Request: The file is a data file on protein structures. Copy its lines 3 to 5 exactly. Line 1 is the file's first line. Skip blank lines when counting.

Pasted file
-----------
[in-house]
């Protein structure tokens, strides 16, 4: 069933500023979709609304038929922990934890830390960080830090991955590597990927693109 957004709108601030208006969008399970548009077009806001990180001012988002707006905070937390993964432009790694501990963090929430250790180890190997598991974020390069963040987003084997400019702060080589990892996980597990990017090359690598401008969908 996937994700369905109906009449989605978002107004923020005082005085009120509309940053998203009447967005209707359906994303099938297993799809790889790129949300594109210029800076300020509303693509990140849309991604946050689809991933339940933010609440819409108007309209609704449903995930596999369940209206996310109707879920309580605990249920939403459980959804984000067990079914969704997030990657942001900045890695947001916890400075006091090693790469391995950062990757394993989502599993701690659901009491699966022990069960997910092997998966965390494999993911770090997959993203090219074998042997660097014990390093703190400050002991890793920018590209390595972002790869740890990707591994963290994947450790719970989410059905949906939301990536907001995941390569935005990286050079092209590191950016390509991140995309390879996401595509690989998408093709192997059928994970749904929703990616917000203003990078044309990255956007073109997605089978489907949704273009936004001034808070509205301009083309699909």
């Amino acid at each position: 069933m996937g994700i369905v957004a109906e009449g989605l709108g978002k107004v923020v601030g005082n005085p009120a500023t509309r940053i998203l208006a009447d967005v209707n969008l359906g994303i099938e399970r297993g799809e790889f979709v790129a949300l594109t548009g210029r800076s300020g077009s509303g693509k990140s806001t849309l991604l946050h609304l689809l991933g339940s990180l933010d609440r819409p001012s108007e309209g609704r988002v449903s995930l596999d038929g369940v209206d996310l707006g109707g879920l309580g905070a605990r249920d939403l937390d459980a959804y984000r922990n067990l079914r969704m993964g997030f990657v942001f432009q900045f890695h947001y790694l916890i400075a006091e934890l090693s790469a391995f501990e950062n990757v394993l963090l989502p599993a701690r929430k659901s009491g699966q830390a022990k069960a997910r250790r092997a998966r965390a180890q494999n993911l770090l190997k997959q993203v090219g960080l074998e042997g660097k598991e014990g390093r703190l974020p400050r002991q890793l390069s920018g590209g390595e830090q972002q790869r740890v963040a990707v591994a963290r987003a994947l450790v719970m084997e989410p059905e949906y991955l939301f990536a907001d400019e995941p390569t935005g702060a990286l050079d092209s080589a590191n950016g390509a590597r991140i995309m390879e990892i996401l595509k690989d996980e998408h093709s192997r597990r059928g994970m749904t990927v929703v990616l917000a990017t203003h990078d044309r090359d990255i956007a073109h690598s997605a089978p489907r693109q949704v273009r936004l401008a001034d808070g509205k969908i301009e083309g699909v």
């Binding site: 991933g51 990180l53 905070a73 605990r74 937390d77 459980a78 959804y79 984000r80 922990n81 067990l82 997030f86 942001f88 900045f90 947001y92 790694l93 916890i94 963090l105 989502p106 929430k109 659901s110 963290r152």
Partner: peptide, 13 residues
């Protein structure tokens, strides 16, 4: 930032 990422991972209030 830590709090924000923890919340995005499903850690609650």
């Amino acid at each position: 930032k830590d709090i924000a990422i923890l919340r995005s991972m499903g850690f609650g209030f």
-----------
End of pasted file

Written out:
């Amino acid at each position: 069933m996937g994700i369905v957004a109906e009449g989605l709108g978002k107004v923020v601030g005082n005085p009120a500023t509309r940053i998203l208006a009447d967005v209707n969008l359906g994303i099938e399970r297993g799809e790889f979709v790129a949300l594109t548009g210029r800076s300020g077009s509303g693509k990140s806001t849309l991604l946050h609304l689809l991933g339940s990180l933010d609440r819409p001012s108007e309209g609704r988002v449903s995930l596999d038929g369940v209206d996310l707006g109707g879920l309580g905070a605990r249920d939403l937390d459980a959804y984000r922990n067990l079914r969704m993964g997030f990657v942001f432009q900045f890695h947001y790694l916890i400075a006091e934890l090693s790469a391995f501990e950062n990757v394993l963090l989502p599993a701690r929430k659901s009491g699966q830390a022990k069960a997910r250790r092997a998966r965390a180890q494999n993911l770090l190997k997959q993203v090219g960080l074998e042997g660097k598991e014990g390093r703190l974020p400050r002991q890793l390069s920018g590209g390595e830090q972002q790869r740890v963040a990707v591994a963290r987003a994947l450790v719970m084997e989410p059905e949906y991955l939301f990536a907001d400019e995941p390569t935005g702060a990286l050079d092209s080589a590191n950016g390509a590597r991140i995309m390879e990892i996401l595509k690989d996980e998408h093709s192997r597990r059928g994970m749904t990927v929703v990616l917000a990017t203003h990078d044309r090359d990255i956007a073109h690598s997605a089978p489907r693109q949704v273009r936004l401008a001034d808070g509205k969908i301009e083309g699909v």
């Binding site: 991933g51 990180l53 905070a73 605990r74 937390d77 459980a78 959804y79 984000r80 922990n81 067990l82 997030f86 942001f88 900045f90 947001y92 790694l93 916890i94 963090l105 989502p106 929430k109 659901s110 963290r152």
Partner: peptide, 13 residues